Abstract Number: 11

Genetic disorders update: Therapeutic advances

A.S. Paller

Meeting: 2014 Dermcoll

Session Information

Date: -

Session Title: Plenary Session 1

Session Time: -

The underlying molecular cause has been determined for
hundreds of monogenic genodermatoses. The more recent
availability of next-generation sequencing, in particular, is
rapidly leading to the discovery of the cause of rare
monogenic disorders, helping to analyze more complex
genetic disorders, illuminating genotype-phenotype corre-lations, and uncovering the basis for mosaic genetic
disease, helping us to understand how gene changes translate
into clinical manifestations. Our great progress in
understanding genetic disease has revolutionized prenatal
diagnosis, and has allowed families to avoid termination
through preimplantation diagnosis, which utilizes in vitro
fertilization. Importantly, our understanding of gene and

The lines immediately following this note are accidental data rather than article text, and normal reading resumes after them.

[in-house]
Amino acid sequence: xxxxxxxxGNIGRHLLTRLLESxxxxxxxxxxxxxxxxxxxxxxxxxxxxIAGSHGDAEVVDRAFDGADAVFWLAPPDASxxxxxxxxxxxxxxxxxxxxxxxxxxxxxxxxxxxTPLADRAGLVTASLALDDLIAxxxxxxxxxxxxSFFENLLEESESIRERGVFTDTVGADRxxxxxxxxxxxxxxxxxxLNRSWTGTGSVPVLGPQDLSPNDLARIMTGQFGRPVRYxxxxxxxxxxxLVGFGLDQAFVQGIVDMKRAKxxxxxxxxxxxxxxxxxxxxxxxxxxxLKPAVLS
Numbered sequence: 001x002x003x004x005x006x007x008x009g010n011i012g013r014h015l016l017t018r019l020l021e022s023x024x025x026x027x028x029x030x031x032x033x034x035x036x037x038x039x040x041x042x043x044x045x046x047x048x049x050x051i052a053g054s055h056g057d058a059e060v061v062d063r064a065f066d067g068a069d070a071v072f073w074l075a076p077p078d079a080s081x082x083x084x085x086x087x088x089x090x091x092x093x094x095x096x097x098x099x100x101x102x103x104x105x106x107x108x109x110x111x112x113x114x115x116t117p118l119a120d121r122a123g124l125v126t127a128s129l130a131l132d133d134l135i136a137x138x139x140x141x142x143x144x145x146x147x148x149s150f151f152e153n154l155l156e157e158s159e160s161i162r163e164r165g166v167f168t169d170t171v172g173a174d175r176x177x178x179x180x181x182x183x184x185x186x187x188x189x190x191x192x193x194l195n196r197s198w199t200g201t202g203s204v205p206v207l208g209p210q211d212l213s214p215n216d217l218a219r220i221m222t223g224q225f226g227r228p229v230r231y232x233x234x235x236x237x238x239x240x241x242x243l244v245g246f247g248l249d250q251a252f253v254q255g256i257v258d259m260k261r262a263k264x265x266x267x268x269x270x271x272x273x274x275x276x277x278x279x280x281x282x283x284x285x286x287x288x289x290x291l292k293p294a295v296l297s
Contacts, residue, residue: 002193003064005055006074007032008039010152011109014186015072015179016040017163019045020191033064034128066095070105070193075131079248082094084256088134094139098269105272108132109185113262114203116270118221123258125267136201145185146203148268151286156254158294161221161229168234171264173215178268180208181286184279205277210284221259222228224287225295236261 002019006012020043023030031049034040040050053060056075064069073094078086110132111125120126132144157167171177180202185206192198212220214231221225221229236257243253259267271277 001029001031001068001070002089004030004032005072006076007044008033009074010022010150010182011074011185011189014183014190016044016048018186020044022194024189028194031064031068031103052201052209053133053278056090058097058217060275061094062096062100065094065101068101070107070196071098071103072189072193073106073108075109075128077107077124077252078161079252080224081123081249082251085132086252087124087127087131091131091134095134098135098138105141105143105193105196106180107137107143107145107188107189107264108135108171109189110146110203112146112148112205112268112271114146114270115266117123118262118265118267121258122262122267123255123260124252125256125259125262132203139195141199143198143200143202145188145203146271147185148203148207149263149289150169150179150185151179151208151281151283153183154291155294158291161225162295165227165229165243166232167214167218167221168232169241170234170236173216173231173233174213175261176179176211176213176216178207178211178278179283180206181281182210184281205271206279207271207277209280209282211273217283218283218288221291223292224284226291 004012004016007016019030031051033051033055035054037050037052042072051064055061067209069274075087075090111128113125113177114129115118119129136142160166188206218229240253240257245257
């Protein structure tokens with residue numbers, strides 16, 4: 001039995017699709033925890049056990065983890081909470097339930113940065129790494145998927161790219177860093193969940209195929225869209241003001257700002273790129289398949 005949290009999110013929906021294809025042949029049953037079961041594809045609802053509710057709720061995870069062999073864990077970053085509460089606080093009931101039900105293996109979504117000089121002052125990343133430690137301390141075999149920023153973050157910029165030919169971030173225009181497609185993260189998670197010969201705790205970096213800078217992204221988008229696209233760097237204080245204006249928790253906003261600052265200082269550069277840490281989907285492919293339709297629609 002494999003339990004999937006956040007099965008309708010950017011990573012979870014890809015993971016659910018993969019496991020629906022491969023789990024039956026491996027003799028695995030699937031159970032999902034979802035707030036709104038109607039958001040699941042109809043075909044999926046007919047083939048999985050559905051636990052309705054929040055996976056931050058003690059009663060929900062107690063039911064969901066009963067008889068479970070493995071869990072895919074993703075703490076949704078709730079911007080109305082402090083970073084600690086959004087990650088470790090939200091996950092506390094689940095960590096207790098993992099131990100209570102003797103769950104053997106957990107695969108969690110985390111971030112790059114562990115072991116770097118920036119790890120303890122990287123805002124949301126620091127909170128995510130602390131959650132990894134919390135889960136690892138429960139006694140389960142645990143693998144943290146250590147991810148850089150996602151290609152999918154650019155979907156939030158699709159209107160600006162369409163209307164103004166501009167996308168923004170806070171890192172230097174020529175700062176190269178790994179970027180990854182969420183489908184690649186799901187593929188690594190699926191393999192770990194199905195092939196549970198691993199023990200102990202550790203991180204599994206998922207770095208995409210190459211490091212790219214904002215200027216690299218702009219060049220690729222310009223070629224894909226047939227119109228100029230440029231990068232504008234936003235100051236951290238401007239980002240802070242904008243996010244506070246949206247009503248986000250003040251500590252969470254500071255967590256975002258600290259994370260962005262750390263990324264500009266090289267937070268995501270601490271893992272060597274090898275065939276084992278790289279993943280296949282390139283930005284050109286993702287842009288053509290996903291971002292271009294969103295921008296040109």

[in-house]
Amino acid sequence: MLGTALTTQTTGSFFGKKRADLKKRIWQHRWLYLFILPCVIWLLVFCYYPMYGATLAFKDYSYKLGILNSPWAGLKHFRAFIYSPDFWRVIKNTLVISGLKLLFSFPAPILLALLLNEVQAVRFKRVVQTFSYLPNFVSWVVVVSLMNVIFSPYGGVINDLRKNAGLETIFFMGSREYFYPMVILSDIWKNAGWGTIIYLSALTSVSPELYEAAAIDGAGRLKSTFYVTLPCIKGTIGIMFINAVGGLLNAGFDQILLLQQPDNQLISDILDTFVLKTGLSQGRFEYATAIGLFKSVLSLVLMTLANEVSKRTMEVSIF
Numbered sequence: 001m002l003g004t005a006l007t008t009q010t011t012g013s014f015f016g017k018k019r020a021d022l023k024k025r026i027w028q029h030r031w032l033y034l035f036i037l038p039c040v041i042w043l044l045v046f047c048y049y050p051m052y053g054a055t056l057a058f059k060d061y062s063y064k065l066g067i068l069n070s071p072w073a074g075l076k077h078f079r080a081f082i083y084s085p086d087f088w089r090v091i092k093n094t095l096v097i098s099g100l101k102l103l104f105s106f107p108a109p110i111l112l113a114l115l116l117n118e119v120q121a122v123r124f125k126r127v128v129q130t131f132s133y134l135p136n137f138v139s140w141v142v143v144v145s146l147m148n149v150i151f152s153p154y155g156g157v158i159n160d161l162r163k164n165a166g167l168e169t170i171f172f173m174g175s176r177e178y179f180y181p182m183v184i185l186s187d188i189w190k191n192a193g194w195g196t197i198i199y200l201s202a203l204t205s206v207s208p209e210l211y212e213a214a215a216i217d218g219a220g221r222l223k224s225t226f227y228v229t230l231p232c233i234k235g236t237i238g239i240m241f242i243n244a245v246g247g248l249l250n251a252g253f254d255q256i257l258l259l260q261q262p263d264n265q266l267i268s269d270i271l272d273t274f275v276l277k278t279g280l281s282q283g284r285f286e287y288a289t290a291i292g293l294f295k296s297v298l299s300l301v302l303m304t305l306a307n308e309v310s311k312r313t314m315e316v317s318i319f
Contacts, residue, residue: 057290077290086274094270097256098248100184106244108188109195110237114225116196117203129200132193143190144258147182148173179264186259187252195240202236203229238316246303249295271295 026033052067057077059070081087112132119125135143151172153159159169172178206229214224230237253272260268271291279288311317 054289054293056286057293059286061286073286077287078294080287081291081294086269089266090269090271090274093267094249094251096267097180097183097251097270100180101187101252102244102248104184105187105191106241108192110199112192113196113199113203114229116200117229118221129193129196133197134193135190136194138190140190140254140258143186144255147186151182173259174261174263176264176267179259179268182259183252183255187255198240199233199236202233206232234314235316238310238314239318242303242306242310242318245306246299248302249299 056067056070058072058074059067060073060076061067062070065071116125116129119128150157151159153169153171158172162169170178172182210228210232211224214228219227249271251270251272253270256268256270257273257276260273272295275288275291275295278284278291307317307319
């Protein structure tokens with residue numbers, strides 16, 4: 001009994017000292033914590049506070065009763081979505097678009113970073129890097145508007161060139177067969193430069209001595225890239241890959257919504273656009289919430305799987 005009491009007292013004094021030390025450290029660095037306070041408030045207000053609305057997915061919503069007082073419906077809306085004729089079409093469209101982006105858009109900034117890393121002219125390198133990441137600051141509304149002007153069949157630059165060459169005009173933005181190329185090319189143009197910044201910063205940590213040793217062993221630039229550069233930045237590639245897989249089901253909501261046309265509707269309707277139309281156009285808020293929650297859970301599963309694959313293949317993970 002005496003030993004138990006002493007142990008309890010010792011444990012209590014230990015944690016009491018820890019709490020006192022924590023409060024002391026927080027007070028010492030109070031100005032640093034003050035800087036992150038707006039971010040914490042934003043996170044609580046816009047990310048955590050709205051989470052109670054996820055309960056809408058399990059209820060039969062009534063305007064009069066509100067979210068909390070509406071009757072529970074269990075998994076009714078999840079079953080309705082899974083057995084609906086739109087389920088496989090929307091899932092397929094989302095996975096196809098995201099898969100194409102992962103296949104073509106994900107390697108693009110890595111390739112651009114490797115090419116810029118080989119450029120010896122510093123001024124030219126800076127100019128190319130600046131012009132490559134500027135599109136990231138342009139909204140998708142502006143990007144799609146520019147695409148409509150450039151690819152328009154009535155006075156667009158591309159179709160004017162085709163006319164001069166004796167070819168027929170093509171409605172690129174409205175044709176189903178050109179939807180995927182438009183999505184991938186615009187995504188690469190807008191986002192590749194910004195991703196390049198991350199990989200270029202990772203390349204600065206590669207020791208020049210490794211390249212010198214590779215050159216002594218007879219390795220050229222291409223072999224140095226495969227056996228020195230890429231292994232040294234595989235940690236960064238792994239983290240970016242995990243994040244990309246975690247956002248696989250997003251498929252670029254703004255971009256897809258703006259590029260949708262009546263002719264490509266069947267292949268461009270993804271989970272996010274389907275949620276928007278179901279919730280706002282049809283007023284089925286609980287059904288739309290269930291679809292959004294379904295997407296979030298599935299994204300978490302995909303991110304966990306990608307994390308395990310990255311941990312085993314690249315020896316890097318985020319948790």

resultant protein changes is translating into new
pathogenesis-based therapy for our patients through
pharmacogenomics (to pharmacologically adjust gene and
protein expression), signaling pathway manipulation, and
by directly altering gene expression (through gene introduction
or by suppressing specific gene overexpression or
mutations). Examples of pharmacologic therapy are use of
small molecule inhibitors to block activated signaling pathways
in tumor syndromes, replacement therapy (or replacement
therapy coupled with pathway inhibition), and
theoretically agents that may induce a compensatory proteins,
such as for epidermolysis bullosa simplex or
ichthyosis vulgaris. Gene therapy approaches range from
cell therapy through direct injection, grafting or stem cell
introduction to suppression of dominant negative defects by
siRNA introduction or Talens. Finding areas of revertant
mosaicism or use of induced pluripotent stem cells can
facilitate these genetic approaches. Ultimately, new technologies
for identification of genetic alterations and managing
their results are rapidly moving us into the area of
personalized pharmacologic-based and gene-based